The European Union mission “ASPEDS” is expected to begin within a week, which is the mission in the Red Sea to protect commercial ships from attacks by Houthi rebels. The mission is an initiative of Italy, France and Greece. But other countries will join as well. For example, Germany has already sent a frigate to the Red Sea. Spain has made clear that it will not participate.
Hessians in archive footage But conditions couldn't have been much different yesterday in the Bay of Biscay. Today the ship sails along the Portuguese coast to the Strait of Gibraltar. (Photo: German Navy)
“Aspids” (“shields” in Greek) is on the agenda in Brussels next Monday, February 19. This is the EU's mission, according to several Media,defensive mission. Therefore, the participating countries will focus entirely on defending ships in the Red Sea, Bab al-Mandab and the Gulf of Aden. The final green light from Brussels is also expected to signal the start of this European mission.
Italian Defense Minister Guido Crosetto told Naval News that the Aspides will include at least three ships as well as intelligence units, logistical support, aerial photo construction, protection against cyber threats, satellite support and strategic communications units. There will also be cooperation with the European Union Delegation in Atalanta.
According to Greek media, the mission's headquarters will be at the air base in Larissa, more than 200 kilometers northwest of Athens. Italy assumes naval command.
In anticipation of the start of the mission, Italy has already sent a frigate to the Red Sea. The Caio Duilio (Orizzonte class) arrived in the Red Sea earlier this month.
The German frigate Hessen (Saxony class) left its home port last week and is currently approaching the Mediterranean Sea. The frigate's participation in the mission still must obtain approval from the German Parliament, but according to German media this is just a formality. Belgium is also participating.
France will participate with the FREMM Languedoc frigate (already in the area) and Hydra has not yet left Greece. The Danish frigate Iver Huitfeldt has already been launched, but will join the Prosperity Guardian.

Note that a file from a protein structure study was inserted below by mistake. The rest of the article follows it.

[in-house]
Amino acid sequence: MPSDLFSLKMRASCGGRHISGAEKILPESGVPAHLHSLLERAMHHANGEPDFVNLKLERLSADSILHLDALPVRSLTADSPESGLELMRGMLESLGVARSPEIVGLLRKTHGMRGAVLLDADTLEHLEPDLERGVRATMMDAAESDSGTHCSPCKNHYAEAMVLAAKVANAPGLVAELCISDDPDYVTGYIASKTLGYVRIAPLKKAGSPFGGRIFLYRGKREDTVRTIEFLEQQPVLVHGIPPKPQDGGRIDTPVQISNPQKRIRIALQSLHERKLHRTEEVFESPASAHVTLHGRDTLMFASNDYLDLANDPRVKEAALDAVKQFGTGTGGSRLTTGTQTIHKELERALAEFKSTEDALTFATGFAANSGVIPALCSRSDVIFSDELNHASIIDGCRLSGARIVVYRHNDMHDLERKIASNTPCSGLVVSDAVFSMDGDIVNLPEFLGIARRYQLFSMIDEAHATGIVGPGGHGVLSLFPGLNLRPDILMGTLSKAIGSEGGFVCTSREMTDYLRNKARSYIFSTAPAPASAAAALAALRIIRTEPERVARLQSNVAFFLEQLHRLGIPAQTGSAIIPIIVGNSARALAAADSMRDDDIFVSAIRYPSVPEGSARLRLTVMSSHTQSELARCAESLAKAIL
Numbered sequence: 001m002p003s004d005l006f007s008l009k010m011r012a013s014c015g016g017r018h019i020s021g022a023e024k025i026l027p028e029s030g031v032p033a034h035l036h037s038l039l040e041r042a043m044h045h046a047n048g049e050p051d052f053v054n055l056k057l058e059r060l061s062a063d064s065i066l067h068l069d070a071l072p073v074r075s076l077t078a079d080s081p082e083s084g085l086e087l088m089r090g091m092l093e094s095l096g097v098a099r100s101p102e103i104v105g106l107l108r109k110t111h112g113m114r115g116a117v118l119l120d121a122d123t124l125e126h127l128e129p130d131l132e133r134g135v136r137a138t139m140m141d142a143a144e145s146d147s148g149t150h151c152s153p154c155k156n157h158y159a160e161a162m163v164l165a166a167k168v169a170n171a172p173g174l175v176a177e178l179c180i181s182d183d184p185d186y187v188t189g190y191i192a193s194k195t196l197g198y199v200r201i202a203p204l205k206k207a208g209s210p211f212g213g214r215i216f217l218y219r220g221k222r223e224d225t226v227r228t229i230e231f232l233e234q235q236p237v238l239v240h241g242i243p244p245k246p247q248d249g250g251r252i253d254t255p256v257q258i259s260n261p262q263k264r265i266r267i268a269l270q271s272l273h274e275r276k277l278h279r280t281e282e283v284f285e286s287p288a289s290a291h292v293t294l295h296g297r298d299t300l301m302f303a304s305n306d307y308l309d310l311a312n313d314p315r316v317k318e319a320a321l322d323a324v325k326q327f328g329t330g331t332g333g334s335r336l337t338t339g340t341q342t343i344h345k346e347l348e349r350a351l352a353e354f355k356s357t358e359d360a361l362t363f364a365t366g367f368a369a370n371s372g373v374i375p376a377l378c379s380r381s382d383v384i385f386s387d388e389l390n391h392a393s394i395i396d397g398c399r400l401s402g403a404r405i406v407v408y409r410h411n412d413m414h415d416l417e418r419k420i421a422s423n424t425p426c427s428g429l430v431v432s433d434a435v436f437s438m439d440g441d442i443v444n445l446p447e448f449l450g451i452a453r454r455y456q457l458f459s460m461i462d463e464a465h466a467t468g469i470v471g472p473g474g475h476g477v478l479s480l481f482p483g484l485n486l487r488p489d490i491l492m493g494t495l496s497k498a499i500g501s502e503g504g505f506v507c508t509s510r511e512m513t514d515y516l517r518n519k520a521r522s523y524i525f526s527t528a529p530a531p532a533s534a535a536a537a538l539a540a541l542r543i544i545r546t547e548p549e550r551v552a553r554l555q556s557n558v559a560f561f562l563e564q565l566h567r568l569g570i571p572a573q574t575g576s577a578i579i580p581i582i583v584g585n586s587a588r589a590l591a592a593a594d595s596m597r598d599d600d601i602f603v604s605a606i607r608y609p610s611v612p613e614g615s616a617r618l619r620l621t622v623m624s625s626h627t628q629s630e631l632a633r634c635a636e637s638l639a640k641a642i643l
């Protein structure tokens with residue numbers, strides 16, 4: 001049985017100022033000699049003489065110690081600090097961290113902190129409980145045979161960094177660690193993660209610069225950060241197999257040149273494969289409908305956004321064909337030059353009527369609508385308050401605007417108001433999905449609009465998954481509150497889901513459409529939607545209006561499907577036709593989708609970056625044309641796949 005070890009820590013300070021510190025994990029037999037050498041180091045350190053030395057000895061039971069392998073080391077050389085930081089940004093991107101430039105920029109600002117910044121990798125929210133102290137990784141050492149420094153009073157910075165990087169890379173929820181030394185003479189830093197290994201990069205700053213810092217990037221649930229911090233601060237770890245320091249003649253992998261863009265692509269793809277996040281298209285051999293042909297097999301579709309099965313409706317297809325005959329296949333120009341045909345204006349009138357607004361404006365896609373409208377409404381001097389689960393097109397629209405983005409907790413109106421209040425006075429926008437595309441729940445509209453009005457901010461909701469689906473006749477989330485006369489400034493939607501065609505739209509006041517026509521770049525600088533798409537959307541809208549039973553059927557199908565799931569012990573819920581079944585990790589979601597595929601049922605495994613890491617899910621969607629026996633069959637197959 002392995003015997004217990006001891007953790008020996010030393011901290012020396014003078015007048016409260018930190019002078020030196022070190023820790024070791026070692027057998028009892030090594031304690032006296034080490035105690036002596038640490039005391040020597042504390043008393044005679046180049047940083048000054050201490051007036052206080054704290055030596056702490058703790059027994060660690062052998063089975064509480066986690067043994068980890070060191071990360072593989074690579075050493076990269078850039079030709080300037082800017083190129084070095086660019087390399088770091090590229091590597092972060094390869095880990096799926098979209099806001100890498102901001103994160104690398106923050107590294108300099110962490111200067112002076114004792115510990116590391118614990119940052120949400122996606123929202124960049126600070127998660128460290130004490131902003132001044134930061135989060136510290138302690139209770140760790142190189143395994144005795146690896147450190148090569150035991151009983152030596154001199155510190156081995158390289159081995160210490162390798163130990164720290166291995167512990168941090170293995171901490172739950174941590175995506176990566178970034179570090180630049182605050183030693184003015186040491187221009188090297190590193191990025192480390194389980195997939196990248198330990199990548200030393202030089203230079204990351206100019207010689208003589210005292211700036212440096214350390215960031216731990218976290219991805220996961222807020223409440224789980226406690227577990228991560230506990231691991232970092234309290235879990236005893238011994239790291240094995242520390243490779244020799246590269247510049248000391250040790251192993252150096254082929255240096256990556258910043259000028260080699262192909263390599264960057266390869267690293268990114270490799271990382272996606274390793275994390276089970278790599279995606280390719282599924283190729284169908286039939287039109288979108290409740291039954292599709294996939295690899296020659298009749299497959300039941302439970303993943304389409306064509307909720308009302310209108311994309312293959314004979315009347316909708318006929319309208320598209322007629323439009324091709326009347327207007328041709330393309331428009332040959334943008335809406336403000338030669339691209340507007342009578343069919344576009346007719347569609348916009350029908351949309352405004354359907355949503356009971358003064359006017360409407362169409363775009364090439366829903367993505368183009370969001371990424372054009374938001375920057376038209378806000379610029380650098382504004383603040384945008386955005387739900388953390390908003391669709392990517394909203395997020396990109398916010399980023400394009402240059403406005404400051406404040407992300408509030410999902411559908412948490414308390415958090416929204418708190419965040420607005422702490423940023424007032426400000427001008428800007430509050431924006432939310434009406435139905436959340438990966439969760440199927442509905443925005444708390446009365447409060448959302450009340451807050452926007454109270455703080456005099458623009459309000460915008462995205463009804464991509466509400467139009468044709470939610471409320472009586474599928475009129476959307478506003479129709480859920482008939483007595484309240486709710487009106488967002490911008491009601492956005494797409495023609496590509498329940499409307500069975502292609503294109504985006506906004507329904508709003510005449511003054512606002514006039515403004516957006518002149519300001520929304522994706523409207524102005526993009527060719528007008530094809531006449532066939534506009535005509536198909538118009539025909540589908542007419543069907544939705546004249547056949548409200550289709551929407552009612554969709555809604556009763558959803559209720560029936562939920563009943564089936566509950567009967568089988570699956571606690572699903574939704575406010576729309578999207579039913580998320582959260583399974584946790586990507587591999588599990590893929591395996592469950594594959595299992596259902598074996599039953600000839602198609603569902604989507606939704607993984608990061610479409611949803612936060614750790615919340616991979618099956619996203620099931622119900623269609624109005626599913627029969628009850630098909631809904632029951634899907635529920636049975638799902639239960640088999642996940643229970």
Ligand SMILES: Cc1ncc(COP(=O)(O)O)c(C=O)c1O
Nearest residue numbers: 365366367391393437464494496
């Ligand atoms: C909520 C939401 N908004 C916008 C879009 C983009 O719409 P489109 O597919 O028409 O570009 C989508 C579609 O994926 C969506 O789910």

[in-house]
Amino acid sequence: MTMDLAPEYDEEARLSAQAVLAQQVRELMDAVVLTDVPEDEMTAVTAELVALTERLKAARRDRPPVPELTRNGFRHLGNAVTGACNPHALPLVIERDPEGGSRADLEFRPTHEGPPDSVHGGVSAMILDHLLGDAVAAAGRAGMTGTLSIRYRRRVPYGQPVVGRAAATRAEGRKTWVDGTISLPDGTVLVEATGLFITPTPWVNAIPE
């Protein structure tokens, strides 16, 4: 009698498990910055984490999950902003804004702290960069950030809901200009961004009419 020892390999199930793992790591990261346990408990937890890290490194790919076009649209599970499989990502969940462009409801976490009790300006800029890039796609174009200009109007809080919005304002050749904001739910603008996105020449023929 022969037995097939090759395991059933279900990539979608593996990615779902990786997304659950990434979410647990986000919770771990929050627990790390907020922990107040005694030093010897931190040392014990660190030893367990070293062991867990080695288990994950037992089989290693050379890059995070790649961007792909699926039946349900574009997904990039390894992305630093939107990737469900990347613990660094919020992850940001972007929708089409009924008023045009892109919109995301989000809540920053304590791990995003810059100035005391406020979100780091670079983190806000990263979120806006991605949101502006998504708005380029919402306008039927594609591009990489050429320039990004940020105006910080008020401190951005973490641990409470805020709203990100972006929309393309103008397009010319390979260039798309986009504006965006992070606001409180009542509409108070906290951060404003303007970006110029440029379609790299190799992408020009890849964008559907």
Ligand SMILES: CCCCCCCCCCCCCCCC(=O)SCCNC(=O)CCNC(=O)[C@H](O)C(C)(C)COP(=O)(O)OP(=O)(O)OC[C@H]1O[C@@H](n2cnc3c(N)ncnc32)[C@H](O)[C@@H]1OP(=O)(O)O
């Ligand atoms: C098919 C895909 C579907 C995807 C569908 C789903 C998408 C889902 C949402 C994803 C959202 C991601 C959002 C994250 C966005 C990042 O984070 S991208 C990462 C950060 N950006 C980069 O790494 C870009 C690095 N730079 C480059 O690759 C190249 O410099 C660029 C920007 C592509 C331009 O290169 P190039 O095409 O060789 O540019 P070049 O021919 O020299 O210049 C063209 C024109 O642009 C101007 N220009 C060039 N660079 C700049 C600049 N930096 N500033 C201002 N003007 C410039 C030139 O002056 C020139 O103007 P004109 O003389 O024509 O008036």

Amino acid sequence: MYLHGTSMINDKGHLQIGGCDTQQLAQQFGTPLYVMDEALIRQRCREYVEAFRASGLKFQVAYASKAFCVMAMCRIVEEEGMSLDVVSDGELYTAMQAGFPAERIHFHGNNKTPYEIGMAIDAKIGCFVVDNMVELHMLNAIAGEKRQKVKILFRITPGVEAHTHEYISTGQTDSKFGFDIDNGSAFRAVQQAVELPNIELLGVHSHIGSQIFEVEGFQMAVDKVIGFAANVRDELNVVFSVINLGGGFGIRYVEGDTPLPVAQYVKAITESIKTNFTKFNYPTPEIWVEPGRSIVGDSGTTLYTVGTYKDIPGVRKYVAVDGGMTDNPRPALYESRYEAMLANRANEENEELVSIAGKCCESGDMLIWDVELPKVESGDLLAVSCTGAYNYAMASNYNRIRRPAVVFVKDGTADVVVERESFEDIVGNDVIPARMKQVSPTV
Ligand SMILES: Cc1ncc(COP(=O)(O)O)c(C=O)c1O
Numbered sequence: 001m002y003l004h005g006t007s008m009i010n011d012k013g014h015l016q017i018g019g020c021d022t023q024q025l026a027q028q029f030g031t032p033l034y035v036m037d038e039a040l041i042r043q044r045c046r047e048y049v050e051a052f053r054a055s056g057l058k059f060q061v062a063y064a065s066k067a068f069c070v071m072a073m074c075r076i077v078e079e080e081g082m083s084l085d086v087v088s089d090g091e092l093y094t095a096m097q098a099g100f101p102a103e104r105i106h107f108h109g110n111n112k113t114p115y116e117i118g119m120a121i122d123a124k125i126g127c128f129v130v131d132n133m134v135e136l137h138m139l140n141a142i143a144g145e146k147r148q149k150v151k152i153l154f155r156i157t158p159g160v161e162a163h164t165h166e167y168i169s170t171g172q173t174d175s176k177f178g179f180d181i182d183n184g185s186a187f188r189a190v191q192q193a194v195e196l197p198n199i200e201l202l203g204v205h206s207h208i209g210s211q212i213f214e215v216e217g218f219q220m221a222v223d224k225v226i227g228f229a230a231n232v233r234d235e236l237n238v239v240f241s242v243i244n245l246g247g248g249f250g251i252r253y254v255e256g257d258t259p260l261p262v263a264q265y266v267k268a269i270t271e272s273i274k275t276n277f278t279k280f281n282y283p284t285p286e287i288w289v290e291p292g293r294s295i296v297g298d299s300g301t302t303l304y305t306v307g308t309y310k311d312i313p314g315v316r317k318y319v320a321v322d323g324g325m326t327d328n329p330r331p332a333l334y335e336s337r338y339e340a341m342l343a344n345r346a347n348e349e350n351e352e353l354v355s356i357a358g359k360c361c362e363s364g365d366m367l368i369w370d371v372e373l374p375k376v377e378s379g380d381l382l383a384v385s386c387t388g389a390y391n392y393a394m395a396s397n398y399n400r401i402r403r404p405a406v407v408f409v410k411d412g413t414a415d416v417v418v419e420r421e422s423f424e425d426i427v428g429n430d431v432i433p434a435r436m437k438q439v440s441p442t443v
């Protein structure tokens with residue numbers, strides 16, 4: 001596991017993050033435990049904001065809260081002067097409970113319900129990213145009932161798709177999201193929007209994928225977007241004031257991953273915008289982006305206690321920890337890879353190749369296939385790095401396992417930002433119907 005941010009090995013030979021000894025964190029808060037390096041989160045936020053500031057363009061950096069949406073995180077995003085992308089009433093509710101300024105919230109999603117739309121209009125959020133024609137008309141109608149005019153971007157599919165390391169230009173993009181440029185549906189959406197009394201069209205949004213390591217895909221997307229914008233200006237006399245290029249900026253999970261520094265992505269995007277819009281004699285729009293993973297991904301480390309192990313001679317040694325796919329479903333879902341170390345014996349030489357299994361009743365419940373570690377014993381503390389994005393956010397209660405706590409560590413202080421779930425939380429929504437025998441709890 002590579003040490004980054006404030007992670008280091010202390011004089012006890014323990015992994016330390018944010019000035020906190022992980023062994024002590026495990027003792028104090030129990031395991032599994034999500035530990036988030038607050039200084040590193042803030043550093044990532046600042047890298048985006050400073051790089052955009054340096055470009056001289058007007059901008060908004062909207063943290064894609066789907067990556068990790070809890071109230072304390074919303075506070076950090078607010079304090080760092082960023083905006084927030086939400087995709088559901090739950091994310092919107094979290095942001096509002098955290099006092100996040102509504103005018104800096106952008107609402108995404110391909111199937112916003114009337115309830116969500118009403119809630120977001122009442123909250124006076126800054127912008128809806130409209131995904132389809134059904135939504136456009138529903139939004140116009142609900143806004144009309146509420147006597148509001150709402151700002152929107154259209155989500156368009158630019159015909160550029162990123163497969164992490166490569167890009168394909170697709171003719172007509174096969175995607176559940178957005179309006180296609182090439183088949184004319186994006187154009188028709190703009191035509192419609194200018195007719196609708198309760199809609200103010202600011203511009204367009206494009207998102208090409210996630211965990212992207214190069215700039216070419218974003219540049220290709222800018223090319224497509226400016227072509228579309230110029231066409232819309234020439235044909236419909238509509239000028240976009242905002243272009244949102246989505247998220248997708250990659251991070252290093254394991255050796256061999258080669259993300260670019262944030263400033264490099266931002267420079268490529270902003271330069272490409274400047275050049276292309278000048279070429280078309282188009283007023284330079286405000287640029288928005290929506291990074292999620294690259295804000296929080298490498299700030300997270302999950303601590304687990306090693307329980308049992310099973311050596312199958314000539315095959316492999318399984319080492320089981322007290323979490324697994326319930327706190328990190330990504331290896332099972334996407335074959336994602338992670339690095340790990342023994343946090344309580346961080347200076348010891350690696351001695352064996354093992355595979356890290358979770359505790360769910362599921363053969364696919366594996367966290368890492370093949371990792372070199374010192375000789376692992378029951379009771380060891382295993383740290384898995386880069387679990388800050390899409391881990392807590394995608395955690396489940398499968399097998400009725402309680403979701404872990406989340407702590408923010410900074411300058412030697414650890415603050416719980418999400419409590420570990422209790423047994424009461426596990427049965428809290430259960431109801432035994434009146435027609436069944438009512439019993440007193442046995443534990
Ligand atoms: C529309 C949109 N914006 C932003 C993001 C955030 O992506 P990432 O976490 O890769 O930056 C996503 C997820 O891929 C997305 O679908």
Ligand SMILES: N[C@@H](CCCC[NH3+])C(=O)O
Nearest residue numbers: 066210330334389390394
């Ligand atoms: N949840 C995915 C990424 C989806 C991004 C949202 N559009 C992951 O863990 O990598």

When Operation Aspides begins next week, it will be two months after the US operation Prosperity Guardian was announced. This operation, for which the Netherlands provided two staff officers, got off to a rocky start. This was partly because many countries, hampered by their own constitutions, were unable to participate (including Germany). Spain withdrew after an enthusiastic “yes,” and Italy and France also declared that they did not want a mission under American command.
It was now safer for civilian shipping in the Red Sea, thanks mainly to American Tomahawk missiles.
Aspides allows Germany, France and Italy to operate ships under the EU flag. After the start of Operation Prosperity Guardian, Spain announced its willingness to send ships, but would only send a ship if the operation took place under a NATO or European Union flag. However, Spain now says it does not want to participate. Spain is already supplying Atalanta with a ship, according to the logic of the country where the anti-piracy operation Atalanta is headquartered.
The Netherlands has not yet officially chosen whether it will contribute to a mission in the Red Sea. It is expected that The Hague Zr.Ms. Tromp, who will be sailing through the Red Sea anyway, will participate in one of the two missions in those waters for a few weeks.
The question remains what choice will be made? Our country already participates in Prosperity Guardian, with allies who have traditionally done well with the Navy. The Netherlands could of course choose to join the EU delegation for diplomatic reasons, for example.
Initially, the Netherlands will have a unit for a relatively short period – although this is a lot given the current shortage). Italy has committed the ships on a rotating basis over the next twelve months.
The frigate Louise Marie will contribute on behalf of Belgium, as the Belgian Ministry of Defense already wrote at the end of last month Her website. As far as we know, the M frigate is not yet on its way and, according to the AIS, it will sail between wind farms in the Belgian part of the North Sea this afternoon.
|Author: Jaime Kariman
Jaime is the founder of Marineschappen.nl and has written more than 1,500 articles on various marine topics. In 2017, he published his non-fiction book In complete secrecy Outside and then a submarine thriller energy. Before Jaime started working at this location full time, he was in the Navy for over 12 years, mostly in a civilian position. Jaime studied communications in Groningen.
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